• Install through pip in a Virtualenv: The Python virtualenv package allows you to create self-contained environments for various projects. Using this technology, you can install Django in a project directory without affecting the greater system. This allows you to provide per-project customizations and packages easily. Virtual environments add some slight mental and process overhead in comparison to globally accessible installation, but provide the most flexibility.
  • Development Version Install through git: If you wish to install the latest development version instead of the stable release, you will have to acquire the code from the git repo. This is necessary to get the latest features/fixes and can be done globally or locally. Development versions do not have the same stability guarantees, however.

With the above caveats and qualities in mind, select the installation method that best suites your needs out of the below instructions.

Global Install from Packages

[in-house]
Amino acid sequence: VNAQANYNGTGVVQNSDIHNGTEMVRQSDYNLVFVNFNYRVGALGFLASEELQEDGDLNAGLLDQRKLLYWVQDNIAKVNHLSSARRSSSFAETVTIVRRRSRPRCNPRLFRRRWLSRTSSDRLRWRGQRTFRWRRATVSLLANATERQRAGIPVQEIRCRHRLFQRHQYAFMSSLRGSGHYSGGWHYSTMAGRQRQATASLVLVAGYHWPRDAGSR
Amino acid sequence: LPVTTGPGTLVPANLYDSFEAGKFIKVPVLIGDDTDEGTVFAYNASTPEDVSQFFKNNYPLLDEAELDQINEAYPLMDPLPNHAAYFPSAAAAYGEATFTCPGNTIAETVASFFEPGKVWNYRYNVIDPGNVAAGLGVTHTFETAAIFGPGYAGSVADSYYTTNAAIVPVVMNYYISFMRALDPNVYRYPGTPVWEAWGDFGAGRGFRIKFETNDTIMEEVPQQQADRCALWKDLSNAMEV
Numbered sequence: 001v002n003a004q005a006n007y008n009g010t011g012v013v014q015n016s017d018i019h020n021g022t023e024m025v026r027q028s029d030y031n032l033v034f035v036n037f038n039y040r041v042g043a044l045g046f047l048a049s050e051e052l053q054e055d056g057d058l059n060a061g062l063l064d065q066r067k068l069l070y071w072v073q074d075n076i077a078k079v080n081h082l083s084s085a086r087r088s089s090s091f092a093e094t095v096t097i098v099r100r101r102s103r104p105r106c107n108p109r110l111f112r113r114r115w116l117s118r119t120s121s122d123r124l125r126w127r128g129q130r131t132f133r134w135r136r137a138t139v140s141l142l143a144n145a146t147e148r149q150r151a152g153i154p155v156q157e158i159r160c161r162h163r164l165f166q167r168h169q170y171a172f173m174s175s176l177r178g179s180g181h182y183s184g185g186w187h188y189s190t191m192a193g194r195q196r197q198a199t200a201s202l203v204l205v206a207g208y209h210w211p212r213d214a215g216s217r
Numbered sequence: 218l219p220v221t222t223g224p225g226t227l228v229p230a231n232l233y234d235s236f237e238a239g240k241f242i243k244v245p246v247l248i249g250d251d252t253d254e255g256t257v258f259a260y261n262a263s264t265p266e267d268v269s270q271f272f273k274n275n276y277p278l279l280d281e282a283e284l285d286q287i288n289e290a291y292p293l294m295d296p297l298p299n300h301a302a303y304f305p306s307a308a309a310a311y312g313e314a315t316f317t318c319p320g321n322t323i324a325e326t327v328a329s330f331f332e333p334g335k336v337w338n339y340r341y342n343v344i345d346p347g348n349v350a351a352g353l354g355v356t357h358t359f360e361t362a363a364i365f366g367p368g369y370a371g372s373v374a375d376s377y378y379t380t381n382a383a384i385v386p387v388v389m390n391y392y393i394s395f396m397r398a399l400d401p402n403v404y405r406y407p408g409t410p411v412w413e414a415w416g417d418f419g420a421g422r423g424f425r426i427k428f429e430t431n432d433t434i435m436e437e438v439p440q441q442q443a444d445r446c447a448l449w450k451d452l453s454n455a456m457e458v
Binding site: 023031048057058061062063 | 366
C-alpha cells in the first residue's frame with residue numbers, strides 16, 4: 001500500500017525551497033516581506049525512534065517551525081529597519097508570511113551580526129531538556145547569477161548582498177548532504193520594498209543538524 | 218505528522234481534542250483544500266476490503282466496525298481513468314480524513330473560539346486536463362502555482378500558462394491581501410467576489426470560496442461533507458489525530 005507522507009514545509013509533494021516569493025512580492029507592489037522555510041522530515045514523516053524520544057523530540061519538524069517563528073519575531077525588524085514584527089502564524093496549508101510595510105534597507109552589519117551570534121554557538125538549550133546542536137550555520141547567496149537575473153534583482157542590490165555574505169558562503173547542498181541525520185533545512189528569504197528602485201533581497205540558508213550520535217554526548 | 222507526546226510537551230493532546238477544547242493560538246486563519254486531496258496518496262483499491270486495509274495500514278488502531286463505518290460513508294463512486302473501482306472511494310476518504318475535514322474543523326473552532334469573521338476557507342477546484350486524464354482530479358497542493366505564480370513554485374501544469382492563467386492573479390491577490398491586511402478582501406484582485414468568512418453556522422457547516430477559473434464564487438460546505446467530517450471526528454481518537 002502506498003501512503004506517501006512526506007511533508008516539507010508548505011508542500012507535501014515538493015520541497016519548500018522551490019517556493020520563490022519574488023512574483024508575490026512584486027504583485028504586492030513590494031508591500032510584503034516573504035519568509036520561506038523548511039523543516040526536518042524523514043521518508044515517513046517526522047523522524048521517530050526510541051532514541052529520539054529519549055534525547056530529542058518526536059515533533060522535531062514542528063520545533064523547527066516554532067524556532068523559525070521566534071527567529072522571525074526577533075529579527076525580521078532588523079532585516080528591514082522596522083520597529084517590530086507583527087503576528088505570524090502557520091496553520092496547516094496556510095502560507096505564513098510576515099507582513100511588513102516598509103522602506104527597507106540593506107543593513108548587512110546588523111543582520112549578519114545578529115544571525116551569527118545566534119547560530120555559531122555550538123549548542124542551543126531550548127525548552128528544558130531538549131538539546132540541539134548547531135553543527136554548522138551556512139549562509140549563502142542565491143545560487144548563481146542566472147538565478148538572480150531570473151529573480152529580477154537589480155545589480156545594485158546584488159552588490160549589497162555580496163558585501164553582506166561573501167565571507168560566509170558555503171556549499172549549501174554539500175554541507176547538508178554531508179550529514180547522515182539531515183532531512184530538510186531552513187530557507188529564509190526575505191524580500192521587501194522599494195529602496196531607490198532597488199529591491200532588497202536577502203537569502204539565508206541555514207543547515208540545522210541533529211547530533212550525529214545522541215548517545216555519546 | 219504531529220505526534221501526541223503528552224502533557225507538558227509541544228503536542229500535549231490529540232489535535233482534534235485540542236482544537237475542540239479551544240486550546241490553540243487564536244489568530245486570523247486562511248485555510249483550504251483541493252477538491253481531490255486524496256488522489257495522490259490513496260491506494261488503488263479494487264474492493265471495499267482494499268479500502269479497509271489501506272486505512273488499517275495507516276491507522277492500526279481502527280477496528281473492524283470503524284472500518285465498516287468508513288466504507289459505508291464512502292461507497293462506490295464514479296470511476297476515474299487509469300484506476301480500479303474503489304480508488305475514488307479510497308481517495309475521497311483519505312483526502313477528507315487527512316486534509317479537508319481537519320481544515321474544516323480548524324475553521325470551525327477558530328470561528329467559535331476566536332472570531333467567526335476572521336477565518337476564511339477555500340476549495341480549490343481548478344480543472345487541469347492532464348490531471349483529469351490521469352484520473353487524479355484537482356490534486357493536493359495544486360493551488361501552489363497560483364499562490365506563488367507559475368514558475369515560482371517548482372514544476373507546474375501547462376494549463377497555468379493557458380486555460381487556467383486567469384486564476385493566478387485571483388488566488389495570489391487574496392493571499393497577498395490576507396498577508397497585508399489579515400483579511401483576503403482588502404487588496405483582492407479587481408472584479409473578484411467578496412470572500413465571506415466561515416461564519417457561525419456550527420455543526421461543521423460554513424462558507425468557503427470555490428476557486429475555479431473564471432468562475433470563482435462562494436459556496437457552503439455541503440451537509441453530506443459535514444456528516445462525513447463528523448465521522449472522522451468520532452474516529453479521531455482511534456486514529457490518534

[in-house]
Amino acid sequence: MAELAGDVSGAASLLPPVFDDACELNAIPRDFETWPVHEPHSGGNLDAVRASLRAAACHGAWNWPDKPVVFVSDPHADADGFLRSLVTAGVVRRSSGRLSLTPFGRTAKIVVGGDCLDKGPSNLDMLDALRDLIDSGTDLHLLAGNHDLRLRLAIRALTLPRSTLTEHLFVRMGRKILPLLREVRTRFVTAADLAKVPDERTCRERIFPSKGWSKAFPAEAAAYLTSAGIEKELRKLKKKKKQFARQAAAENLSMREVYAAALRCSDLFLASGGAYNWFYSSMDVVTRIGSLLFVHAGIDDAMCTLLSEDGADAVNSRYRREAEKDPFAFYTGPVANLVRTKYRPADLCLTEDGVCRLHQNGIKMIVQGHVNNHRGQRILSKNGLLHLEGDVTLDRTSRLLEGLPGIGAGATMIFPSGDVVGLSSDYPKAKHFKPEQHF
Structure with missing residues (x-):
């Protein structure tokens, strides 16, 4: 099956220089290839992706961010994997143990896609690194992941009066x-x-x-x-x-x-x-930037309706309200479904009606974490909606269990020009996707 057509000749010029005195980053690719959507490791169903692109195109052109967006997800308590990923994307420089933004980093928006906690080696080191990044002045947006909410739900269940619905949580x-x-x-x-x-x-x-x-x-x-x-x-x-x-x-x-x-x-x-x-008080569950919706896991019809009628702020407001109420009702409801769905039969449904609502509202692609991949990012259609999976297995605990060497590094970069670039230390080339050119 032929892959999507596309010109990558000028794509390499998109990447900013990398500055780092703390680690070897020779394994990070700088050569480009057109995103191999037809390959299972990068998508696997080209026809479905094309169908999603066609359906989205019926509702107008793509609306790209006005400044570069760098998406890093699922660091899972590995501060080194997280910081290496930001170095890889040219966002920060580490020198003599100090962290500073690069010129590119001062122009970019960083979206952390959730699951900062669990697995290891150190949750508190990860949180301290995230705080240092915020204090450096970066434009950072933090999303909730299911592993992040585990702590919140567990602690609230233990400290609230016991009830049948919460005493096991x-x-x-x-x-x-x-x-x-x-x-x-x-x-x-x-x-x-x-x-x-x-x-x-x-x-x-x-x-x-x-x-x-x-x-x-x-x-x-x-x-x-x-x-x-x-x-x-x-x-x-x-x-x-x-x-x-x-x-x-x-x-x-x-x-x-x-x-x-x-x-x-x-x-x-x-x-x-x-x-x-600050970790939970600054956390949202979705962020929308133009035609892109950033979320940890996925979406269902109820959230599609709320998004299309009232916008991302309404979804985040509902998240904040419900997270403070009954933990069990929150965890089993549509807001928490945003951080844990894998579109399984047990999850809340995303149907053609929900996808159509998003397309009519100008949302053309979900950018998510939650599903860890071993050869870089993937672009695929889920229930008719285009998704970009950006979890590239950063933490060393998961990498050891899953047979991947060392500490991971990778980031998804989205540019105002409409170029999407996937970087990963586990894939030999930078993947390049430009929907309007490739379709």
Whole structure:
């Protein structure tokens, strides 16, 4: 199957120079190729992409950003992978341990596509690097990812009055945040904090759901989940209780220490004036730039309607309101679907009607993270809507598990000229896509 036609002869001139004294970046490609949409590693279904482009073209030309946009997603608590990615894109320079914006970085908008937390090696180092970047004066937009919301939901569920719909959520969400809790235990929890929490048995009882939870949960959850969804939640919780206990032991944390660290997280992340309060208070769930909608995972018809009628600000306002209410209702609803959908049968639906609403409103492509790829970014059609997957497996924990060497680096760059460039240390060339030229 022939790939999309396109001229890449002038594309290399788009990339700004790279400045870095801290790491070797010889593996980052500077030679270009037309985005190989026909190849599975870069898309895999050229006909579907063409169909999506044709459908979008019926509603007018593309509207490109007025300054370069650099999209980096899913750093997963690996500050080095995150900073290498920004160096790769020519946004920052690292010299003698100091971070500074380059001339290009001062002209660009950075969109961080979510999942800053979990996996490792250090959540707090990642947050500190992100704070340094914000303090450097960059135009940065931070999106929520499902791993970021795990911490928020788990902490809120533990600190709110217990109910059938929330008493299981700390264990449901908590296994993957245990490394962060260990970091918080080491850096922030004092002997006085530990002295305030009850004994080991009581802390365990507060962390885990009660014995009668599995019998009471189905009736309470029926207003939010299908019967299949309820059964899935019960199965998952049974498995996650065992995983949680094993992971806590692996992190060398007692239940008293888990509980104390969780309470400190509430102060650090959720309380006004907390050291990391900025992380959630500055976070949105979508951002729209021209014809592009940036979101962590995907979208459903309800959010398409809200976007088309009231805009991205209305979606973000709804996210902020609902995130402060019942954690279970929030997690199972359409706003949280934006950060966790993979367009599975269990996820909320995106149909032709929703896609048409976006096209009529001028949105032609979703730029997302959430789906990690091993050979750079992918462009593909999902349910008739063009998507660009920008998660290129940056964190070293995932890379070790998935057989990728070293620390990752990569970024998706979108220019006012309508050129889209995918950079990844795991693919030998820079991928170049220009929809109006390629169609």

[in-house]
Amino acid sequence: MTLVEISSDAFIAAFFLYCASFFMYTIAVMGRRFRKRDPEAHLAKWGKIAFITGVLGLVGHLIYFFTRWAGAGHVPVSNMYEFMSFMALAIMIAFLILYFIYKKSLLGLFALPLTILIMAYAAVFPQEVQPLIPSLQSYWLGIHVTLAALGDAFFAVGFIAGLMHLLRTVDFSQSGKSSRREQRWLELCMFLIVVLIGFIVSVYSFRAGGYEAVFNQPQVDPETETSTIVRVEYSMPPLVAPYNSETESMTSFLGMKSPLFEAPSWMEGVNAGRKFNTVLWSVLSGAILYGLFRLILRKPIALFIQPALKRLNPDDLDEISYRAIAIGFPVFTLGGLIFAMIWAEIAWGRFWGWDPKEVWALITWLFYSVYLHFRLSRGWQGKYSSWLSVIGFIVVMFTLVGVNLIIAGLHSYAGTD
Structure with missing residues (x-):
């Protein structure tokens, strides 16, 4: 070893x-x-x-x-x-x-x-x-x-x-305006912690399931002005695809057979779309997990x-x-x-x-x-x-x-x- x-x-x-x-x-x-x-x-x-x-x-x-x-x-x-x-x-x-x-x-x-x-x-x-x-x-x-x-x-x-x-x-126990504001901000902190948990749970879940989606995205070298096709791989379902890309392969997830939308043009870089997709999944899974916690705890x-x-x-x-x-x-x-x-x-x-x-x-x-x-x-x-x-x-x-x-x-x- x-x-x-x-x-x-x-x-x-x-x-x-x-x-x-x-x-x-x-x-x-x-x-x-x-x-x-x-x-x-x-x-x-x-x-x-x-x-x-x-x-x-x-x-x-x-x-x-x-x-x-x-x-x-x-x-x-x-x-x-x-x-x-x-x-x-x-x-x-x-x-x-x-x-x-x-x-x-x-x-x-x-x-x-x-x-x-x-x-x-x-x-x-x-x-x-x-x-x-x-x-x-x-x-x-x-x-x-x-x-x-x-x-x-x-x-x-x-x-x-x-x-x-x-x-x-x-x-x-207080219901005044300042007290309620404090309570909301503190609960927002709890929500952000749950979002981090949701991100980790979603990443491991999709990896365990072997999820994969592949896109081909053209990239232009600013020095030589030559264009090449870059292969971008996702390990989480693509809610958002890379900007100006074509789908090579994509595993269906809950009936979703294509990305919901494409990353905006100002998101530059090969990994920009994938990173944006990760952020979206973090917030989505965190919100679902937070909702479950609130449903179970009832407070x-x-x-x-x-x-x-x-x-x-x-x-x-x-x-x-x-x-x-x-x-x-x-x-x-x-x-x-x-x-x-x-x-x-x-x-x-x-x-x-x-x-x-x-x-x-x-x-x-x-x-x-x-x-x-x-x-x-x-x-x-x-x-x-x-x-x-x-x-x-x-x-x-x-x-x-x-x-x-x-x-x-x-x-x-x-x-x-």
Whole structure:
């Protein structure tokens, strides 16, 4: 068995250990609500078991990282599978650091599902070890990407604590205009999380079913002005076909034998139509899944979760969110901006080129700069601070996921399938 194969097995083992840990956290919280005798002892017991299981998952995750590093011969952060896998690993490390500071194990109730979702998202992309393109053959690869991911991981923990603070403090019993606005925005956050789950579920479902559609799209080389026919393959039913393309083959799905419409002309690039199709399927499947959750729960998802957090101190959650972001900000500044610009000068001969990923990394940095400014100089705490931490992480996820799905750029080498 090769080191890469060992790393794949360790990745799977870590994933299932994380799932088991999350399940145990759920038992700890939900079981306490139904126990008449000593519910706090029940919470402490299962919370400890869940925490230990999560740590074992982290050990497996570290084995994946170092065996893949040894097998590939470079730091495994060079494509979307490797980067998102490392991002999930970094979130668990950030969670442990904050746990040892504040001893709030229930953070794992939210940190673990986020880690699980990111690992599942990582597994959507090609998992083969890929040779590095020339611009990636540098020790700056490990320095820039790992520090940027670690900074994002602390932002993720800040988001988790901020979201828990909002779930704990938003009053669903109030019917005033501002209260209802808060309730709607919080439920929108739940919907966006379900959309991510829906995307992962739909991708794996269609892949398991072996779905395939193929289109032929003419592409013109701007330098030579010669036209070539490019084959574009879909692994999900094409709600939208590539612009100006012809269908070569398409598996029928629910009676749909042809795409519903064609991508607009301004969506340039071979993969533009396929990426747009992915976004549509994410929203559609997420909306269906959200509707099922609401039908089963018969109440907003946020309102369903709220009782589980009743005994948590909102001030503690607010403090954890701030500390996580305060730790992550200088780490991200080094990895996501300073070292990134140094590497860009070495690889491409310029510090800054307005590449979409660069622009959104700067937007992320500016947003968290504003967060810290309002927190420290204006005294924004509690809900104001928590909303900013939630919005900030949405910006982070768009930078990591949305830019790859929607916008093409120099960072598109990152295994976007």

If you wish to install Django using the EPEL repository, the process is very straight forward.

You can simply use the yum package manager to download and install the relevant packages:

sudo yum install python-django

You can test that the installation was successful by typing:

django-admin --version

This means that the software was successfully installed. You may also notice that the Django version is not the latest stable. To learn a bit about how to use the software, skip ahead to learn how to create sample project.

Global Install through pip

If you wish to install the latest version of Django globally, a better option is to use pip, the Python package manager. First, we need to install the pip package manager.

You can install pip from the EPEL repositories by typing:

sudo yum install python-pip

Once you have pip, you can easily install Django globally by typing:

sudo pip install django

You can verify that the installation was successful by typing:

django-admin --version

As you can see, the version available through pip is more up-to-date than the one from the EPEL repository (yours will likely be different from the above).